2. Doctors' reports

         a. Dr. Edward R. Stankiewicz

         Plaintiff began seeing Dr. Stankiewicz in February 2010 for pain in his right shoulder due to his work injury and continued to see him for the same condition through March 2011. (Id. at 238-73) Upon examining Plaintiff on multiple occasions, Dr. Stankiewicz found that Plaintiffs neck was "supple, " but found "right shoulder tenderness." (E.g., Id. at 259, 261, 263, 265, 267) During his visits with Dr. Stankiewicz in 2010, Plaintiff complained of "pain and loss of full function in the right shoulder" (id. at 259) and a lack of "full range of motion" in his right shoulder (id. at 255). In response to such concerns, Dr. Stankiewicz prescribed Plaintiff several medications during this period, including Cipro, Nexium, Flagyl, Hydrocortisone, Percocet, and Lexapro. (See Id. at 256, 258, 260)

         b. Dr. Mark Case

         Plaintiff began seeing Dr. Case in January 2011. (See Id. at 286) Dr. Case characterized the severity of Plaintiffs neck pain as "moderate" and the severity of his shoulder pain as "mild." (Id. at 288) According to Dr. Case, Plaintiff had a "decreased range of motion" due to his neck pain and a "loss of function" due to his shoulder pain. (Id.) On February 3, 2011, Plaintiff underwent an MRI of the cervical spine. The MRI results indicated that Plaintiff had a "bilateral uncovertebral spur, contributing to mild foraminal narrowing" at ¶ 3-C4 and had a "right uncovertebral spur, contributing to right foraminal narrowing" at ¶ 4-C5. (Id. at 282) Additionally, Plaintiff had a "mild posterior disc bulge with small central disc protrusions with annular tear" at both C5-C6 and C6-C7. (Id.) While reviewing the results of the MRI, Dr. Case noted that Plaintiffs neck pain and shoulder pain were "worsening" and referred him to physical therapy. (Id. at 296-97) Dr. Case also prescribed Lexapro, Nexium, and Zithromax. (Id. at 295) During Plaintiffs last follow-up visit in 2011, Dr. Case again noted that Plaintiffs neck pain and shoulder pain were "worsening" (id. at 307-08) and prescribed Lidoderm in addition to Lexapro, Nexium, and Zithromax (see Id. at 306).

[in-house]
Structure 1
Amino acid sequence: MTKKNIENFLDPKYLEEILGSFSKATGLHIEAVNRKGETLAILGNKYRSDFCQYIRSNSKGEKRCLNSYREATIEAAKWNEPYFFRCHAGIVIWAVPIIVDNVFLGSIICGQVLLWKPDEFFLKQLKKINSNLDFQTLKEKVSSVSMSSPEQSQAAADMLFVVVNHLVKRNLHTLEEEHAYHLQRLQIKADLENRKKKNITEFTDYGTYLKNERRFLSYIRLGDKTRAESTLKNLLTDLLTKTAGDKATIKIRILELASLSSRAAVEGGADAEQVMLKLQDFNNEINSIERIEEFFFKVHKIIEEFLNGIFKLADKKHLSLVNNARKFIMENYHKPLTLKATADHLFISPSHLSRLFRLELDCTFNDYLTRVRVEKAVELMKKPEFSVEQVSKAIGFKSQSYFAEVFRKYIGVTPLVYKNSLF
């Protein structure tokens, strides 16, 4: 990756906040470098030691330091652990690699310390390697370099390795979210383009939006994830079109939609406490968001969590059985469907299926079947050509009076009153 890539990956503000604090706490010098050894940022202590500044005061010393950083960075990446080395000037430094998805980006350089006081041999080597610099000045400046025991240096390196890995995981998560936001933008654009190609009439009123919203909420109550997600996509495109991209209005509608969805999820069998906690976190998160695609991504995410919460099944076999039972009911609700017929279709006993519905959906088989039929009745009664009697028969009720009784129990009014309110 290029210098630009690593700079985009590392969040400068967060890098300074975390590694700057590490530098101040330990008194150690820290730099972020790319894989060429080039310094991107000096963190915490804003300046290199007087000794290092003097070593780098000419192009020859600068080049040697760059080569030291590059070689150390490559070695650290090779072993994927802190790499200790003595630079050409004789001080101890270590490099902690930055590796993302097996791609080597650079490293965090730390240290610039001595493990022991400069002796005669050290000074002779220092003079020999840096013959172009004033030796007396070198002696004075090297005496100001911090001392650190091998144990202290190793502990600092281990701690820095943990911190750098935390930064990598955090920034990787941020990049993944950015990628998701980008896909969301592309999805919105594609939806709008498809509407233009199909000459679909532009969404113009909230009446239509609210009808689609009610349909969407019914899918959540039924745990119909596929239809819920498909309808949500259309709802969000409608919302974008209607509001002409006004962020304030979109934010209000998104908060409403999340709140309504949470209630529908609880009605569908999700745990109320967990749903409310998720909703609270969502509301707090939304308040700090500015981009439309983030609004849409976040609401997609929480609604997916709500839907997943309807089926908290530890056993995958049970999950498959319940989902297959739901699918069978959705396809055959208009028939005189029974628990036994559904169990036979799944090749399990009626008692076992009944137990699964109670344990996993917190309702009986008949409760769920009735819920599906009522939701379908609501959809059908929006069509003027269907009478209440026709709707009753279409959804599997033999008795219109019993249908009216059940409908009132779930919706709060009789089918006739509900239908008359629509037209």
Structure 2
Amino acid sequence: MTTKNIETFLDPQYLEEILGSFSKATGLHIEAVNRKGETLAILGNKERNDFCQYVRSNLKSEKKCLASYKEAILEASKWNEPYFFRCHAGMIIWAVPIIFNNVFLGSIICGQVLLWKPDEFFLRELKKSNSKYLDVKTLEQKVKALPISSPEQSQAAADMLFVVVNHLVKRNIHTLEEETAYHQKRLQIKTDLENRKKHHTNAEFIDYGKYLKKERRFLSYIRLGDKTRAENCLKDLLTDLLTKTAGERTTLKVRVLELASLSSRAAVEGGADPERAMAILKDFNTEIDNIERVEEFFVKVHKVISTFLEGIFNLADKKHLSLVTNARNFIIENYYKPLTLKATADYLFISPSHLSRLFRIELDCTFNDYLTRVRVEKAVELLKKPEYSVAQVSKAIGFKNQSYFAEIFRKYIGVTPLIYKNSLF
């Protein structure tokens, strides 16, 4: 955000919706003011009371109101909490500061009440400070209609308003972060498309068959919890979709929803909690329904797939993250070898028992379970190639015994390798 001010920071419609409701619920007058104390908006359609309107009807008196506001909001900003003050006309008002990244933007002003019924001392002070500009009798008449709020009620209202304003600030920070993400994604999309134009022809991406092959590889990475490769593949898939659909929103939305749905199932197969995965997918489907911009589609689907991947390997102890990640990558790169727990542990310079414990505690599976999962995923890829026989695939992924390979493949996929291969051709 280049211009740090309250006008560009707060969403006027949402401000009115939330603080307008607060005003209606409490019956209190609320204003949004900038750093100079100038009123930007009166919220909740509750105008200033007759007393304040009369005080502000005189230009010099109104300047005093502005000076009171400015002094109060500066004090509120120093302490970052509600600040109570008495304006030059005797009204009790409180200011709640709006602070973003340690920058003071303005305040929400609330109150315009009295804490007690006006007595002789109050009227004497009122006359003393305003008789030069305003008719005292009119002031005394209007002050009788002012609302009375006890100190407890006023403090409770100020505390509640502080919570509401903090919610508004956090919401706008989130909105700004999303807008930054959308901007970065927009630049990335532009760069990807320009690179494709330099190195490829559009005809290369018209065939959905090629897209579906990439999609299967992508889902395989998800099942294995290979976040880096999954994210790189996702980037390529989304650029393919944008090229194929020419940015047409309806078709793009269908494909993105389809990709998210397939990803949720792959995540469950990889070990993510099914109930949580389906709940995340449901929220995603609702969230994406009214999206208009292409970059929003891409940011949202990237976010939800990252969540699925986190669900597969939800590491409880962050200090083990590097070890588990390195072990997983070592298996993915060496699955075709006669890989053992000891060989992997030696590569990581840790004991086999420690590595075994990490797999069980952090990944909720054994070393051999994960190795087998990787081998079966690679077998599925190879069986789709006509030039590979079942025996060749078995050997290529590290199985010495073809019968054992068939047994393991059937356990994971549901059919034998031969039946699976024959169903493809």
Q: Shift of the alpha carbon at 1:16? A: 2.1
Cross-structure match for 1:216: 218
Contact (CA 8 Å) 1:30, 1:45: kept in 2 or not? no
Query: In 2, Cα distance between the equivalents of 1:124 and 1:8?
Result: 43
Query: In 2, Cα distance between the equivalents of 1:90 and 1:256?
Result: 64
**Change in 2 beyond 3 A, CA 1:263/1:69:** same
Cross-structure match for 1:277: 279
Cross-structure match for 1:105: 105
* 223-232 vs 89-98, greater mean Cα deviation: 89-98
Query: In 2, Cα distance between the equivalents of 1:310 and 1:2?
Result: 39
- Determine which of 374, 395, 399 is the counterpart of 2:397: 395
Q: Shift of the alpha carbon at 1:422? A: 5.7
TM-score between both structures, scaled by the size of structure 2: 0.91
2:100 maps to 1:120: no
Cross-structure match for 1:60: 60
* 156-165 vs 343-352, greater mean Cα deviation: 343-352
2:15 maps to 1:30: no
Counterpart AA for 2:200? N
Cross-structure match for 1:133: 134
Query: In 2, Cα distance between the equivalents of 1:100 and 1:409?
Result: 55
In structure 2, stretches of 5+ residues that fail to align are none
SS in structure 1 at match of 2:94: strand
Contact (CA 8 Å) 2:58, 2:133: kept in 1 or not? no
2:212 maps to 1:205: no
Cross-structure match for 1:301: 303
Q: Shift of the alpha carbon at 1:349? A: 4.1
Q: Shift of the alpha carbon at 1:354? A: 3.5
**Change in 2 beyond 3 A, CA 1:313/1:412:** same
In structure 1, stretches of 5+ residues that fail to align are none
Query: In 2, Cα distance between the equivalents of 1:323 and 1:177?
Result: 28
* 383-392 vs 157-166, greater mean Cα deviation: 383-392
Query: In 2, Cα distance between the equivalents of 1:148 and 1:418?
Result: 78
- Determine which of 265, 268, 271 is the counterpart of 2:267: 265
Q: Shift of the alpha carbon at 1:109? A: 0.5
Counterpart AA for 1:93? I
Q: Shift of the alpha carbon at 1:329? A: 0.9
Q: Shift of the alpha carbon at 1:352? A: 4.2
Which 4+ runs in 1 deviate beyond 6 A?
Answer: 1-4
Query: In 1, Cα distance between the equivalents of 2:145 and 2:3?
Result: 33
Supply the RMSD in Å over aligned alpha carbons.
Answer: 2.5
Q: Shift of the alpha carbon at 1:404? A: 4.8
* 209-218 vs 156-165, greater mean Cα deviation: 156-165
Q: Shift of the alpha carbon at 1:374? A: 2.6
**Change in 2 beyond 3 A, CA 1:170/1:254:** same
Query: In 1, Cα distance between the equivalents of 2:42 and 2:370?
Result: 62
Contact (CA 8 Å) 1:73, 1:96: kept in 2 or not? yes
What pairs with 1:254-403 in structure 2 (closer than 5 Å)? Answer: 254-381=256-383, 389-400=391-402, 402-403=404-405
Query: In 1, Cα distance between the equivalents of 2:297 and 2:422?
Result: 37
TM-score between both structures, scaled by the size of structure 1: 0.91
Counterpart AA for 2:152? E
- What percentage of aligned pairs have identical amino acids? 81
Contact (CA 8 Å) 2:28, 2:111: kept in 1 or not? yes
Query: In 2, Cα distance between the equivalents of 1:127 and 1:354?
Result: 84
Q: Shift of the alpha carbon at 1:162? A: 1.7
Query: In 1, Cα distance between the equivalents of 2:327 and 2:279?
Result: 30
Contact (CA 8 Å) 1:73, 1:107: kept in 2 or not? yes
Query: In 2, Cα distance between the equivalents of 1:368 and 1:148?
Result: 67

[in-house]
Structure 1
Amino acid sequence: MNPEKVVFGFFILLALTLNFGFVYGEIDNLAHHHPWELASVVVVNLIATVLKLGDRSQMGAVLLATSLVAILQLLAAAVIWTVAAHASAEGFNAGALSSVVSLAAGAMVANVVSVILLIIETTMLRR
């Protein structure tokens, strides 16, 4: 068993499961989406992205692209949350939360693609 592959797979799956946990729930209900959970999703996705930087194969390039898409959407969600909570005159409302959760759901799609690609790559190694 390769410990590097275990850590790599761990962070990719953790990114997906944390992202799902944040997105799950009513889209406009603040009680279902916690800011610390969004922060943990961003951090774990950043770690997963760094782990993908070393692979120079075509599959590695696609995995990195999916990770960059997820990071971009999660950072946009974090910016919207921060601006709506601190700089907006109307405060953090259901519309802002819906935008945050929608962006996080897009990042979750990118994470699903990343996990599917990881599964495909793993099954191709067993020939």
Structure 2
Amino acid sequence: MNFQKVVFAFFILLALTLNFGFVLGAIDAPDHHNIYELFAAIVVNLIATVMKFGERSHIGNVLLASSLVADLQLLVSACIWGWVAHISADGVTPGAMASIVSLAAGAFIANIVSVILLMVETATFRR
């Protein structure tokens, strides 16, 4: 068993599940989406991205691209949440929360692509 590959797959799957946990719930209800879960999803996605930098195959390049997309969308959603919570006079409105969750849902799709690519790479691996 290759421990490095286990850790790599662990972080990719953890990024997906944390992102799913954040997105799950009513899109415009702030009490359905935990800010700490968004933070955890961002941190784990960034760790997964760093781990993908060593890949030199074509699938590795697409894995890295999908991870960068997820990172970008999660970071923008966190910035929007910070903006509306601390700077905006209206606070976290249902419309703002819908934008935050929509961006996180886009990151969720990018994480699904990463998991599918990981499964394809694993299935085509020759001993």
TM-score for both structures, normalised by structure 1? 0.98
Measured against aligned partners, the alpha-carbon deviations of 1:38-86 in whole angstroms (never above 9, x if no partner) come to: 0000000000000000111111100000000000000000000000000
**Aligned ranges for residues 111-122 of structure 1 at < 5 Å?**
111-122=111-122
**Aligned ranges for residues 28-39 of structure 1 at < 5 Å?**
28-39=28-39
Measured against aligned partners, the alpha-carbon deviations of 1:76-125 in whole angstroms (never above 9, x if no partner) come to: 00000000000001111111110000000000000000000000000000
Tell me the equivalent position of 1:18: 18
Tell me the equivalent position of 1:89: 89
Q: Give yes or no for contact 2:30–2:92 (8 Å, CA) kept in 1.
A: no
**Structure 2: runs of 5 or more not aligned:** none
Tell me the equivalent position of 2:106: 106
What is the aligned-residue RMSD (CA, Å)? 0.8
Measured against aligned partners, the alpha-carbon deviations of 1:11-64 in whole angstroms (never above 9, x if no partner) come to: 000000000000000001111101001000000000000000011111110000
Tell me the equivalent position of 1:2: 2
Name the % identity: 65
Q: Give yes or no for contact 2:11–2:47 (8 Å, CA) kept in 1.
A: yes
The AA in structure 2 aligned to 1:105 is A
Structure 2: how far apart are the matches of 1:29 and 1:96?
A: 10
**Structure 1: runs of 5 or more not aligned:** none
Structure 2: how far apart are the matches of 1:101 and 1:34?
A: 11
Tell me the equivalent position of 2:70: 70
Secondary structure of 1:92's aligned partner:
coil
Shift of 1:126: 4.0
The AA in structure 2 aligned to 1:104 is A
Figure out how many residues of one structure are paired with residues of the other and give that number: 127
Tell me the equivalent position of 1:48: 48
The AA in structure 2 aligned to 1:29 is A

Dr. Case completed a Medical Source Statement of Ability to Do Work-Related Activities (Physical) on June 27, 2013. (Id. at 382-88) Dr. Case indicated that Plaintiff could continuously lift up to 10 pounds and occasionally lift up to 50 pounds, but could never lift above 51 pounds. (See Id. at 382) He noted that Plaintiff could sit, stand, and walk for up to one hour each during an eight-hour workday and "alternat[e]" between the three during the remaining five hours. (Id. at 383) Additionally, Dr. Case noted that Plaintiff could never reach, handle, feel, push, or pull with his right hand, but could occasionally perform all those tasks with his left hand and could occasionally finger with both hands. (See Id. at 384) According to Dr. Case, Plaintiff could occasionally climb stairs and ramps, but never climb ladders or scaffolds, balance, kneel, stoop, crouch, or crawl. (See Id. at 385) Dr. Case concluded that Plaintiffs pain was "incapacitating" and that medications would "severely limit [Plaintiffs] effectiveness in the workplace due to distraction, inattention, drowsiness, etc." (Id. at 388)

         c. Residual Functional Capacity ("RFC") Assessments

         The ALJ utilized the findings of three experts in making his RFC determination: Dr. Vinod Kataria; state agency consultant Dr. Dianne Bingham; and the vocational expert, Samuel Eldleman. Drs. Kataria and Bingham assessed Plaintiff in April and March 2012, respectively, as part of the initial review of Plaintiffs application. (See Id. at 82, 86) The vocational expert testified at the hearing before the ALJ on February 18, 2014. (See Id. at 67)

         Dr. Kataria found that Plaintiff had exertional limitations. (See Id. at 82) Despite such limitations, Dr. Kataria noted that Plaintiff could occasionally lift up to 20 pounds and frequently lift up to 10 pounds. (See Id. at 83) Dr. Kataria also found that Plaintiff had postural limitations, but could sit, stand, or walk, with normal breaks, for "[a]bout [six] hours in an [eight-hour] workday." (Id.) Lastly, Dr. Kataria concluded that Plaintiff had certain manipulative limitations: Plaintiffs ...